Alibaba (NYSE:BABA) stock has held up reasonably well so far in 2020. To some investors, that might be a cold comfort. After all, Alibaba stock is down just 11.6% so far this year. But many other stocks have fallen further.
From one perspective, those stocks that suffered larger declines might seem “cheaper.” Finding upside in BABA from here would appear more difficult. With the stock up 20% from March lows, some investors understandably believe “the easy money has been made”.
However, that’s the wrong lens to evaluate the current market environment. To be sure, there are some stocks whose sell-offs have gone too far. For example, I still believe cannabis stocks have a massive long-term opportunity, and I continue to recommend Canopy Growth (NYSE:CGC), that industry’s leader.
But many of the stocks that are “cheaper” amid year-to-date declines in U.S. stocks are cheaper for a reason. Energy stocks like Exxon Mobil (NYSE:XOM) are dealing with $15 crude. Carnival Corporation (NYSE:CCL) is facing years of revenue pressure. Smaller retailers struggled during the bull market — and continue to do so.
Investing for the long-term requires owning great companies. Investors are sticking with BABA stock because they believe it’s one of those great companies. I agree — and news last week is another piece of evidence why.
Alibaba Invests In Its Cloud Business
Many analysts compare Alibaba to Amazon (NASDAQ:AMZN), though that comparison isn’t entirely accurate. But there is one similarity between the two e-commerce giants: a thriving cloud computing segment.
Indeed, the cloud is driving some of the spectacular recent gains in AMZN stock. A massive shift to working from home is driving cloud usage and adoption.
That cloud business is enormously valuable for Amazon. Some estimates peg the valuation of its Amazon Web Services segment at over half a trillion dollars.
Alibaba is earlier in its cloud development. And its business, unlike AWS, remains unprofitable. But that business is growing at a spectacular clip, with revenue up 62% in the company’s fiscal third quarter.
That growth rate may well accelerate over the rest of calendar 2020. And, wisely, Alibaba is ramping its investments behind that business. The company plans to invest $28 billion into that cloud business over the next three years.
That’s a smart move. After all, Alibaba already owns nearly half of the market in China. With that level of spending, it can look to extend its leadership elsewhere in Asia.
Why The Investments Make Sense
Again, Alibaba and Amazon aren’t perfect comparables. But the parallels between the cloud businesses are obvious.
Amazon got off to an early start with AWS — and hasn’t given up its lead. Even with Microsoft (NASDAQ:MSFT) charging hard with Azure, and the likes of IBM (NYSE:IBM) and Oracle (NYSE:ORCL) playing catchup, Amazon has maintained its dominant market share.
Cloud, like many tech industries, is a business with a significant “first-mover advantage.” And the U.S. experience suggests that cloud will be a “winner-take-most” market.
Alibaba is the early winner. And it’s using its fortress-like balance sheet and impressive free cash flow to ensure it stays that way.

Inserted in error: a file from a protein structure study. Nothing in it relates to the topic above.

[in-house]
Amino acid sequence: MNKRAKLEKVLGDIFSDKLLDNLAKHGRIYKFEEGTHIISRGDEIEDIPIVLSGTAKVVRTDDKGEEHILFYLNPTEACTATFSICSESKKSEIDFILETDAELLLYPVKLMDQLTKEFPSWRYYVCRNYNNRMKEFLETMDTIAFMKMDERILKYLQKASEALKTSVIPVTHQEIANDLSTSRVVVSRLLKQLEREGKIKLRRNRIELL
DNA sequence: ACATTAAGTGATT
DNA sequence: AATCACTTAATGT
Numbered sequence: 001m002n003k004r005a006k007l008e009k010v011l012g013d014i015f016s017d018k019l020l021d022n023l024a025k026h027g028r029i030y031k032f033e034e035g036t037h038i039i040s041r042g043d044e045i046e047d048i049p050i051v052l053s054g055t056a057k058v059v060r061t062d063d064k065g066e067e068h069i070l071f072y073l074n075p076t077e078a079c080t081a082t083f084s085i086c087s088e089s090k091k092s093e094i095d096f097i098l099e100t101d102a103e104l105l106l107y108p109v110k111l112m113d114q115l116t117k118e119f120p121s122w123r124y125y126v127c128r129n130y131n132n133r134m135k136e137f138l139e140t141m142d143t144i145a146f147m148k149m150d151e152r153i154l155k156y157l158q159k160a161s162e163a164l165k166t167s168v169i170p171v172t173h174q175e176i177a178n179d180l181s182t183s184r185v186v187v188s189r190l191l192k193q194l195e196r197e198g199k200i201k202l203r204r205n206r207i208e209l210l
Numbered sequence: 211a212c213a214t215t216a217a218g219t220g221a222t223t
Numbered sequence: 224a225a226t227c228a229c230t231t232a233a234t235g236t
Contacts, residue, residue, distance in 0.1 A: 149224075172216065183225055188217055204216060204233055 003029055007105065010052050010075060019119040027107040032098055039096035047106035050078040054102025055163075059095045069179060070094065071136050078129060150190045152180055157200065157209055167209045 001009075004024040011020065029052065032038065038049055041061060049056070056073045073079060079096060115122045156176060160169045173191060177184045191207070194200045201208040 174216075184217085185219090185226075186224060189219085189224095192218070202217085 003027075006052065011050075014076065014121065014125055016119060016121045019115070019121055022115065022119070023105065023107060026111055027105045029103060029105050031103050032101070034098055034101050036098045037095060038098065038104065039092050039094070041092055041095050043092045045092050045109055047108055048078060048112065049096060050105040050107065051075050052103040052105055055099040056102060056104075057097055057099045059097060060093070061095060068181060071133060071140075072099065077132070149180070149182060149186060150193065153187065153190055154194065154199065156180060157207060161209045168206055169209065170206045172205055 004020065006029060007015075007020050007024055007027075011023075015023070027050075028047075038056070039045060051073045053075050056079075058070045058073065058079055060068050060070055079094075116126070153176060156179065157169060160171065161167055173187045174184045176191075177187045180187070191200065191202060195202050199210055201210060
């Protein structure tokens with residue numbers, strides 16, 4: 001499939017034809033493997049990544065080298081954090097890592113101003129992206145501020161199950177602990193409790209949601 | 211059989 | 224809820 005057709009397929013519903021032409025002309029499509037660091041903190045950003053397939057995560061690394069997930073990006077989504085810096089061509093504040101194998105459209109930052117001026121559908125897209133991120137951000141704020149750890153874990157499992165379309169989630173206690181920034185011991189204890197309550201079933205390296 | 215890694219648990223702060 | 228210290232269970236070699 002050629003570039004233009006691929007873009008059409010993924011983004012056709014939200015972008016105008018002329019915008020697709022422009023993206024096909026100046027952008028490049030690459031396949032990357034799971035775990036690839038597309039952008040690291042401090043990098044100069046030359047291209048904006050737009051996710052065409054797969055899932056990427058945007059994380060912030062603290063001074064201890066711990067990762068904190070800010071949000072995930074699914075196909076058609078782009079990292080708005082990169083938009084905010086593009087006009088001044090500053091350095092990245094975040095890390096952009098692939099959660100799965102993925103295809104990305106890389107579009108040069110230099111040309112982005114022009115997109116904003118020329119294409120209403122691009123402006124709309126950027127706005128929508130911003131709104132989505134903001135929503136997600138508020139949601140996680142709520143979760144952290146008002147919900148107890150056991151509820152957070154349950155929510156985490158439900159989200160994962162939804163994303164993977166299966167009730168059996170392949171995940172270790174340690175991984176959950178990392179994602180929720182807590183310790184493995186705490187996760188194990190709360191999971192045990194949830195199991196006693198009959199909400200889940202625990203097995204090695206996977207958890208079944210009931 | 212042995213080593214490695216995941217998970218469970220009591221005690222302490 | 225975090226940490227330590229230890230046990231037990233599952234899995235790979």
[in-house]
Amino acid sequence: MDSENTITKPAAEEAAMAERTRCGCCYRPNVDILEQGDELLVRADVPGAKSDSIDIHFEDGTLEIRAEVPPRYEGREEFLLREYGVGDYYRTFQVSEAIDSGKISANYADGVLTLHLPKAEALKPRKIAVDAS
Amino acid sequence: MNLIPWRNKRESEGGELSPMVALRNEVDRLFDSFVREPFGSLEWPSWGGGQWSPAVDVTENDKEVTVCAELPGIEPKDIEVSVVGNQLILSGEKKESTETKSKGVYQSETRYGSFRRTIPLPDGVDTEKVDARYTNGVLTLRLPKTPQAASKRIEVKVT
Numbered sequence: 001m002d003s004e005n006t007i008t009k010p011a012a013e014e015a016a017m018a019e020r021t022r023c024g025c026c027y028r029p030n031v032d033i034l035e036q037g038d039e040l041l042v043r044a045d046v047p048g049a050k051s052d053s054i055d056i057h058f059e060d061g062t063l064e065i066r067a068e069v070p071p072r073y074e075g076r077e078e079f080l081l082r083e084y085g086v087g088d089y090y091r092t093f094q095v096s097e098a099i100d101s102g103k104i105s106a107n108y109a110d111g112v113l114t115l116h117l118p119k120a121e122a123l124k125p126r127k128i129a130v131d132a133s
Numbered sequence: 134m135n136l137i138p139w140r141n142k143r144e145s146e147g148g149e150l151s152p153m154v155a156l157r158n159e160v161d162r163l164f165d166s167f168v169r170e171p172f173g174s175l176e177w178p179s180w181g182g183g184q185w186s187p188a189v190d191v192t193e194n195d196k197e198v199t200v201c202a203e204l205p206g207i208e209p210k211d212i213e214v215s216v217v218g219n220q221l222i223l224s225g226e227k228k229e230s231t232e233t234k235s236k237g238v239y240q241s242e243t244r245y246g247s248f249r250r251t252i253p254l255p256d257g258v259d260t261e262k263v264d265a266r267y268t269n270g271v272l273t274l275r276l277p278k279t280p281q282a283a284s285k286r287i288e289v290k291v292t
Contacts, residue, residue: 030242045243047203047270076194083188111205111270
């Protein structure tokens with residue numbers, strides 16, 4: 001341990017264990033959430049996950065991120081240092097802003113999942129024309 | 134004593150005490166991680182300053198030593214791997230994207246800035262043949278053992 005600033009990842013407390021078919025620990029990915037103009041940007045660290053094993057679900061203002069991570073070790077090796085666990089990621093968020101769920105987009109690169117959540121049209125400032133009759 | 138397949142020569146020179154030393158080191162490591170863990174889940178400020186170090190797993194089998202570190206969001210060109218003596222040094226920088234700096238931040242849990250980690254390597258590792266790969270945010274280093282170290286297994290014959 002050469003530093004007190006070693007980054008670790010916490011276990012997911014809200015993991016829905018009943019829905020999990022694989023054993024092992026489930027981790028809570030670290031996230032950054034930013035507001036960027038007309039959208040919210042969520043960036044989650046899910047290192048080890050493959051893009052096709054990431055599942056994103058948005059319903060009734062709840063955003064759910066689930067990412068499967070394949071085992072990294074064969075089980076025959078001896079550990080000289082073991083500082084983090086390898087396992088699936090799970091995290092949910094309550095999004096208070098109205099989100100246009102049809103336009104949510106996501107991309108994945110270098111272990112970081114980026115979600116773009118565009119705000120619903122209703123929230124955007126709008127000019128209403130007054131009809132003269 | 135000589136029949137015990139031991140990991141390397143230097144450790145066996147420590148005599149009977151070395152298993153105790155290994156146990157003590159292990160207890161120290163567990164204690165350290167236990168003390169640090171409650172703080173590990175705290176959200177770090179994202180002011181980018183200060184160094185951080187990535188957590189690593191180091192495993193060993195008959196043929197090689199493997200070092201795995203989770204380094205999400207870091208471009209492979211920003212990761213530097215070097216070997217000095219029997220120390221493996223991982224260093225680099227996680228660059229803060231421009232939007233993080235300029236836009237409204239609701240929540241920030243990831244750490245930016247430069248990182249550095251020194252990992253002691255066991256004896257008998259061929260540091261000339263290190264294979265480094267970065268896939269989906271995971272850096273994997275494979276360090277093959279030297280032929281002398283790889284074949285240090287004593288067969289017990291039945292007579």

That’s a smart move for the cloud business. But it also highlights the broader appeal of the Alibaba business. Even with co-founder Jack Ma retired from his chairman spot, Alibaba management is taking the long view.
That long view worked for Amazon. It’s going to work for Alibaba as well.
What The Cloud Can Do for Alibaba Stock
The cloud business alone suggests meaningful upside for Alibaba stock. Again, Amazon Web Services is by many accounts worth over $500 billion. Alibaba stock right now has a market capitalization of $560 billion.
It’s too aggressive to argue that Alibaba’s cloud business is equally valuable to that of Amazon. But Alibaba’s cloud operations have significant value. And if they keep growing, at some point they alone will support a significant portion of the current price on BABA.
And it’s worth reiterating: Alibaba’s cloud business is unprofitable at the moment. It’s not contributing to overall earnings. Yet, based on those earnings, Alibaba stock looks rather cheap. Shares trade at just 29x this fiscal year’s analyst estimate for earnings per share. Deduct the cash on the balance sheet and the multiple is even lower.
The e-commerce business alone, which remains well ahead of rivals JD.com (NASDAQ:JD) and Pinduoduo (NASDAQ:PDD), reasonably could merit that valuation. Perhaps investors now aren’t getting Alibaba’s cloud business for free — but the implied valuation still seems relatively small.
Investors eventually figured out that Amazon stock had a similar bull case — and AMZN has been one of the best stocks of the past decade. Those investors eventually will figure out the value of Alibaba’s cloud business — and I expect that will make BABA one of the best stocks of the next decade.
Matthew McCall left Wall Street to actually help investors — by getting them into the world’s biggest, most revolutionary trends BEFORE anyone else. The power of being “first” gave Matt’s readers the chance to bank +2,438% in Stamps.com (STMP), +1,523% in Ulta Beauty (ULTA) and +1,044% in Tesla (TSLA), just to name a few. Click here to see what Matt has up his sleeve now. Matt does not directly own the aforementioned securities.